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HIST W4400 Americans and the Natural World, 1800 to the Present. 4 points.

Prerequisites: seminar application required. SEE UNDERGRADUATE SEMINAR SECTION OF THE HISTORY DEPARTMENT'S WEBSITE.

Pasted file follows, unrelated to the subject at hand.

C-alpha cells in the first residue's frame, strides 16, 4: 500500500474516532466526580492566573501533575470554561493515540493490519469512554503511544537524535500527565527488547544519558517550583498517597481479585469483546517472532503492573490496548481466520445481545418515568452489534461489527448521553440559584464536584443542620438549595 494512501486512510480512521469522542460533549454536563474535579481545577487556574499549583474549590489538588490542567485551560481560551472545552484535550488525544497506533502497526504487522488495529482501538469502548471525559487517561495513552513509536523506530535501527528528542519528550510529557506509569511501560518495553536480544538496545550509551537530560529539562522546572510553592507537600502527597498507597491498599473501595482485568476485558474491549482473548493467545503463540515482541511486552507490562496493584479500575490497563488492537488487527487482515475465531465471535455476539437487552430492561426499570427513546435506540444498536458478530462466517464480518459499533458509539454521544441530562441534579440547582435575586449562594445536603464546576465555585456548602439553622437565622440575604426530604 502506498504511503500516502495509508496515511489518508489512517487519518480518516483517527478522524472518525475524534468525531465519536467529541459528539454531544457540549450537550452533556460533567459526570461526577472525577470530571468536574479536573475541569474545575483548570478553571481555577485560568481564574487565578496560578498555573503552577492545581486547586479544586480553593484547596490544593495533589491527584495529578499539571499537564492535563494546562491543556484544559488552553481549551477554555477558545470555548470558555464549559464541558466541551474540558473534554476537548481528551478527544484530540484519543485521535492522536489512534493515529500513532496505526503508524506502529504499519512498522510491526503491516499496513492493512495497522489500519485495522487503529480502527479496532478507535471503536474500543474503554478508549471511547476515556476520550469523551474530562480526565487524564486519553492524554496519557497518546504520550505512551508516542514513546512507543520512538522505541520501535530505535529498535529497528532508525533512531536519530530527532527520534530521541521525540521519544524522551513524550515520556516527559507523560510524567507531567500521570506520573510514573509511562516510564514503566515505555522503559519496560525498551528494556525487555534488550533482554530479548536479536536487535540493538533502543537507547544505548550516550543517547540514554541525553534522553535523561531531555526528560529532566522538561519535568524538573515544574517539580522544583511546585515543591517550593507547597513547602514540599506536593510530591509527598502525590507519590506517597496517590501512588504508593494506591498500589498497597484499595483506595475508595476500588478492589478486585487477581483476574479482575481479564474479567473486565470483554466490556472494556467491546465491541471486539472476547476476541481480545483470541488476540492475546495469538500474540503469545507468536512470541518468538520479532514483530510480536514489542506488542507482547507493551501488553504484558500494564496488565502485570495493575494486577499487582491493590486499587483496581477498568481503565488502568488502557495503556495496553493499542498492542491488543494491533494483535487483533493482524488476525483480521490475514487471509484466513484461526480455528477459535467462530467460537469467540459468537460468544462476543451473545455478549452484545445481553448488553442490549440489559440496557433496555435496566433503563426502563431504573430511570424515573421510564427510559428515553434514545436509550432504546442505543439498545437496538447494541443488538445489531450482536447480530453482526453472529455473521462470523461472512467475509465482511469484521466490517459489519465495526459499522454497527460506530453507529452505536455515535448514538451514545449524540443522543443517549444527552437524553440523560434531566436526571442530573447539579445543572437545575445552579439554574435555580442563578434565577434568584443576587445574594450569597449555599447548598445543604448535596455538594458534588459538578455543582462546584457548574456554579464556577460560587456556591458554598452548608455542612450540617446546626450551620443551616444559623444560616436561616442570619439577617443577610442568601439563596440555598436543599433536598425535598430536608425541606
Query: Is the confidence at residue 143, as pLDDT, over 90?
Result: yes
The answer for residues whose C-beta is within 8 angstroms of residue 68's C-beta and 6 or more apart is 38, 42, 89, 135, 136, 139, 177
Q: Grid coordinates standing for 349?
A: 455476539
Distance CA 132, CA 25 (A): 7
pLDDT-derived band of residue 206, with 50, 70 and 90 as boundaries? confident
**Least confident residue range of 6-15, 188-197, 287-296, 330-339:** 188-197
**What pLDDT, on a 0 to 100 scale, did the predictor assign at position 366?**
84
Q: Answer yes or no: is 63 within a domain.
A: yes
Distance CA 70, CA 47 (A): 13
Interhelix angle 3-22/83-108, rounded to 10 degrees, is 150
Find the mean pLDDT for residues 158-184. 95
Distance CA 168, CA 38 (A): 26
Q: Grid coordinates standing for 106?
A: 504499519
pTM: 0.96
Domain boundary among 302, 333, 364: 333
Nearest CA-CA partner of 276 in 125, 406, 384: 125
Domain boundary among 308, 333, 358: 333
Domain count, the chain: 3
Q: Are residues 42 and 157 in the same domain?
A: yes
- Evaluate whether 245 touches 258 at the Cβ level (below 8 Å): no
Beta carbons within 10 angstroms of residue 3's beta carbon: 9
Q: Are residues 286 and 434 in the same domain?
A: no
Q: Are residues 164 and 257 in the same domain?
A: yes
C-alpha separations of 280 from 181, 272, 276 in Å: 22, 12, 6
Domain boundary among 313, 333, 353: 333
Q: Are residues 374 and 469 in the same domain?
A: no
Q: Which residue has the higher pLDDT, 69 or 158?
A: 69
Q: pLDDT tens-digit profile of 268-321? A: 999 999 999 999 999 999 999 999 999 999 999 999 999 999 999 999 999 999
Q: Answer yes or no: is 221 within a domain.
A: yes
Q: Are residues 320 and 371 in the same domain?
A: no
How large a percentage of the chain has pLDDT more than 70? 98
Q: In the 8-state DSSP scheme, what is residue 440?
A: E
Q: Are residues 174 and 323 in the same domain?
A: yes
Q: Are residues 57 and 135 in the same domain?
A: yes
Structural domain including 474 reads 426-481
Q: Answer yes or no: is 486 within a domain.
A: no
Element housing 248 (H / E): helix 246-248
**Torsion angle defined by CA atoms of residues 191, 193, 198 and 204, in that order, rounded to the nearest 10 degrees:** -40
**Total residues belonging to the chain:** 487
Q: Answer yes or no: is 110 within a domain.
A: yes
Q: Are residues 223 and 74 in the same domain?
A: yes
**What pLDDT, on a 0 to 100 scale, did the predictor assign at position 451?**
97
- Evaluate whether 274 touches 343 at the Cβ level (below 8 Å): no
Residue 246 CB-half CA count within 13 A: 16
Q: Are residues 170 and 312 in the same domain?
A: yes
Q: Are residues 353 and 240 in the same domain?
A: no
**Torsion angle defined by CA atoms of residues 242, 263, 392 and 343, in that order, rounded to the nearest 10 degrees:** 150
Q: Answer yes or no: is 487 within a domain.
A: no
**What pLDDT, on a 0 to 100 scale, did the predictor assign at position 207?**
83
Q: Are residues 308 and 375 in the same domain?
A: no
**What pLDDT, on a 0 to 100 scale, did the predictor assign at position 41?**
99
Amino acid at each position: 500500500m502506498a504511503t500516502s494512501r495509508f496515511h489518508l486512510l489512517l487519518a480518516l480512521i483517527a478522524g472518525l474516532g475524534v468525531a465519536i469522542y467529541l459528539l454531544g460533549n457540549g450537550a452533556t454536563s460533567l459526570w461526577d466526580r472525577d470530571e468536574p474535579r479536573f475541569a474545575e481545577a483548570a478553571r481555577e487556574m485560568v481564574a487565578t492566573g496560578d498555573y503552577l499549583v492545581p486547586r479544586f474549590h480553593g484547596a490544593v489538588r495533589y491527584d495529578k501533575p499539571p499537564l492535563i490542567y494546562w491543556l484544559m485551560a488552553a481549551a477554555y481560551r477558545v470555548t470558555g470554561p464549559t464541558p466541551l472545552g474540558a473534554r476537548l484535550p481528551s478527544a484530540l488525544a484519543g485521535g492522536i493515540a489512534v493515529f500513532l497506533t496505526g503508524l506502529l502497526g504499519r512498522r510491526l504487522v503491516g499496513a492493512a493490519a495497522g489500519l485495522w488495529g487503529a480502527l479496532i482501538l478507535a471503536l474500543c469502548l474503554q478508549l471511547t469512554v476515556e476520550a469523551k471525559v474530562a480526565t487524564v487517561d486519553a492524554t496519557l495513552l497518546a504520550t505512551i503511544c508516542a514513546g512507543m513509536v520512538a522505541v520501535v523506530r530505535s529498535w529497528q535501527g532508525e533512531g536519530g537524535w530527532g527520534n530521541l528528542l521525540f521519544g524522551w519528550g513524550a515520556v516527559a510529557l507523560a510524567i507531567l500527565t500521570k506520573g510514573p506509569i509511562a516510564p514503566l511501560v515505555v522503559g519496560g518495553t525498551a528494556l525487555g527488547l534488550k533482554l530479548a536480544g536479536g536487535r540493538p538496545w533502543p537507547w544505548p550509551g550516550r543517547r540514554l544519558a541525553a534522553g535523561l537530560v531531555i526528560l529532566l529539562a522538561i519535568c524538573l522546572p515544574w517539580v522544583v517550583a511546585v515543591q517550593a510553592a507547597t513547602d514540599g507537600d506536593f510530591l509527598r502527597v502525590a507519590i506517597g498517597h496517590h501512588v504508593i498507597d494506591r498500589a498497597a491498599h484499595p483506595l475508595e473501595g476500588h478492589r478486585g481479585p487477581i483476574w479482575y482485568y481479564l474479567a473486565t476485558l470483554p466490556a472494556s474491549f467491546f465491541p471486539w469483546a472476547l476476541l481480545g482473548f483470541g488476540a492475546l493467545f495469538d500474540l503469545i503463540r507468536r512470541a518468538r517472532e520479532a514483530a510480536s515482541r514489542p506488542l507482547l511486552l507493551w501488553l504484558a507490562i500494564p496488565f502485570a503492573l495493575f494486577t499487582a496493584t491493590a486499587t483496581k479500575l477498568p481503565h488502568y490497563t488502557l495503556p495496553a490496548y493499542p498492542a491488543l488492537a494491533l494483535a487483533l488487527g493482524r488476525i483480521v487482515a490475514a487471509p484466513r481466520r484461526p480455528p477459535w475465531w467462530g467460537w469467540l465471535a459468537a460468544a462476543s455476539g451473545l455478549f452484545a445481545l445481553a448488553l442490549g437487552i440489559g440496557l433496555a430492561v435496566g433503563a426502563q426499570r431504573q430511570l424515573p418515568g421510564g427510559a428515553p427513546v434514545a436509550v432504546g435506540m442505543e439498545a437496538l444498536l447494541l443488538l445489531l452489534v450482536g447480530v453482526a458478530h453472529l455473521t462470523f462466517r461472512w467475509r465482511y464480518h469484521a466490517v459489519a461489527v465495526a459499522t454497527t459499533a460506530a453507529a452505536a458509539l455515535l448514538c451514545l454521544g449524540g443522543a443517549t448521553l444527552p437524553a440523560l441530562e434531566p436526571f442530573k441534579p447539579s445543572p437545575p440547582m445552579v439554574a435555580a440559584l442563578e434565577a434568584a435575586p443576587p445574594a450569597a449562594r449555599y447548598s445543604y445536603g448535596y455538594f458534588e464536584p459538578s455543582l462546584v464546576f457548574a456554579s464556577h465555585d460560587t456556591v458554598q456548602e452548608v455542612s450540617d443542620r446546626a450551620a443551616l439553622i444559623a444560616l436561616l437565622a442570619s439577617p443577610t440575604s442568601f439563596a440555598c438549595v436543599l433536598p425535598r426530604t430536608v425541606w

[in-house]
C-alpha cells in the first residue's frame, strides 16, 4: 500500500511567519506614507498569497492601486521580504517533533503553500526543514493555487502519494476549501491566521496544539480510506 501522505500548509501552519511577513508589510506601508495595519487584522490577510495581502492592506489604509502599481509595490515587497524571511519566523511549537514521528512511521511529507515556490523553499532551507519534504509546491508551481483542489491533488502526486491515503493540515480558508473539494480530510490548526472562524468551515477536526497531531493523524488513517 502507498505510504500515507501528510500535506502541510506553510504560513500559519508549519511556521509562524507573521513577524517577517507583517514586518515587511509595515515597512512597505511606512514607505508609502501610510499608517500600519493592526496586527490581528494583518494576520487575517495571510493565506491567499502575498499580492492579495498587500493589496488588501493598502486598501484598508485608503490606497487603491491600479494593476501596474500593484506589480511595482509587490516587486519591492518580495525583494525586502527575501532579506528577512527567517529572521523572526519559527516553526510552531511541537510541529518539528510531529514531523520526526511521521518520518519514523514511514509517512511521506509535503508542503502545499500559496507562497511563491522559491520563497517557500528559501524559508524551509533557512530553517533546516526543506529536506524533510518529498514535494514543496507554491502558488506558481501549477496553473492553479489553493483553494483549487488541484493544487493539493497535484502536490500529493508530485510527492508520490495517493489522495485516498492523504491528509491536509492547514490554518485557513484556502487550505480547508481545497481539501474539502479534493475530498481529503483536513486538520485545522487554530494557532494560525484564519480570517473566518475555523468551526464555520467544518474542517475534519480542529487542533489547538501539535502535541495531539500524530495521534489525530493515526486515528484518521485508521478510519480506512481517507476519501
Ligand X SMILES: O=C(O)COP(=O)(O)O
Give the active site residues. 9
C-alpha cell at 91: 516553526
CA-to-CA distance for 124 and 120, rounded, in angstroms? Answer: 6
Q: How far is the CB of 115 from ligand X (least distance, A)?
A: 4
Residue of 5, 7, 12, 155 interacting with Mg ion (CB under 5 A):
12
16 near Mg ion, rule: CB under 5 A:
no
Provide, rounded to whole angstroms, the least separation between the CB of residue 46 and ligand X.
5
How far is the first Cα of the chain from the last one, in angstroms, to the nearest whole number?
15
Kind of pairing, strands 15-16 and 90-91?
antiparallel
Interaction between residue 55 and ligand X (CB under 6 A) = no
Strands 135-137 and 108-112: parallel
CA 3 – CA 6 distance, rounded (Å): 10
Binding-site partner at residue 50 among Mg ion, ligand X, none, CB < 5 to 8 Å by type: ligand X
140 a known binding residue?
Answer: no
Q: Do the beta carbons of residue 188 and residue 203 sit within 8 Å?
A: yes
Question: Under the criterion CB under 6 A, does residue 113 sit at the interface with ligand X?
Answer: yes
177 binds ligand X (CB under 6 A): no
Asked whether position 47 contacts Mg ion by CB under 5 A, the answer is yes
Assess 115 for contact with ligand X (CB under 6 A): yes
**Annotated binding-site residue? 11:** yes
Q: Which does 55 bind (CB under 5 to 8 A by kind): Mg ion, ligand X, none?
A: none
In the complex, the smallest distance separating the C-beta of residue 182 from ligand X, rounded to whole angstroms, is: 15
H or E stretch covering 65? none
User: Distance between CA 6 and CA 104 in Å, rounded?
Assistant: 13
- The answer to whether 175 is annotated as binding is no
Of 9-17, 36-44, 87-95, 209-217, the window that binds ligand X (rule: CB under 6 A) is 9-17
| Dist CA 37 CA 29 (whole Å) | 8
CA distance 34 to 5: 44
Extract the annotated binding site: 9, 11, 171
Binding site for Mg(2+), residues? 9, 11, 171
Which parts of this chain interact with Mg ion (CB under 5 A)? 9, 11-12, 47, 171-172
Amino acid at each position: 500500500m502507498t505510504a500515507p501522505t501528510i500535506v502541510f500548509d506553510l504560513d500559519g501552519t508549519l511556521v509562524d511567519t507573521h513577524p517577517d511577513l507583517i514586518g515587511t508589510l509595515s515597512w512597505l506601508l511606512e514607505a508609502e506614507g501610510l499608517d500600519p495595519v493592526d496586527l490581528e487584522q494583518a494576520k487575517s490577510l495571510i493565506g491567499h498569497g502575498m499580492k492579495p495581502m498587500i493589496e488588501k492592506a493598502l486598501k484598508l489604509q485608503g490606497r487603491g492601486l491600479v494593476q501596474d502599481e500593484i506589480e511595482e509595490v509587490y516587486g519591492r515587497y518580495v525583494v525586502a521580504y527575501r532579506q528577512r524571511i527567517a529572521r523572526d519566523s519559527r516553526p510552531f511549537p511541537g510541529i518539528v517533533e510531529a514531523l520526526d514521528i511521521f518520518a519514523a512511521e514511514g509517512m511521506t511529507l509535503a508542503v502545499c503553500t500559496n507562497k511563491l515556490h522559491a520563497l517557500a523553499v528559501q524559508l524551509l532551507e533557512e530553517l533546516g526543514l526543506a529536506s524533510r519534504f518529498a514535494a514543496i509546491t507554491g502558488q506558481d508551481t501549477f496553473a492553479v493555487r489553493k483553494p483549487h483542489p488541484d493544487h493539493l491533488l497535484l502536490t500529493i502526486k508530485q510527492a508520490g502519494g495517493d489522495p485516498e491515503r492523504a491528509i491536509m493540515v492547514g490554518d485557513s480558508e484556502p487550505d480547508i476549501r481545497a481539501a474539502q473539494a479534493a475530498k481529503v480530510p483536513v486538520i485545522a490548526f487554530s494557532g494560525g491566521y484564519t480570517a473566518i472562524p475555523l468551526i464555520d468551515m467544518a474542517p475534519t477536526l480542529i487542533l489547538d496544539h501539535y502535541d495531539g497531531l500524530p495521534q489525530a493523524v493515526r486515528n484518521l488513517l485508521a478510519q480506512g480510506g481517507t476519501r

This seminar deals with how Americans have treated and understood the natural world, connected or failed to connect to it, since 1800. It focuses on changing context over time, from the agrarian period to industrialization, followed by the rise of the suburban and hyper-technological landscape. We will trace the shift from natural history to evolutionary biology, give special attention to the American interest in entomology, ornithology, and botany, examine the quest to save pristine spaces, and read from the works of Buffon, Humboldt, Jefferson, Theodore Roosevelt, Darwin, Aldo Leopold, Nabokov, among others. Perspectives on naming, classifying, ordering, and most especially, collecting, will come under scrutiny.  Throughout the semester we will assess the strengths and weaknesses of the environmentalist movement, confront those who thought they could defy nature, transcend it, and even live without it. Field(s): US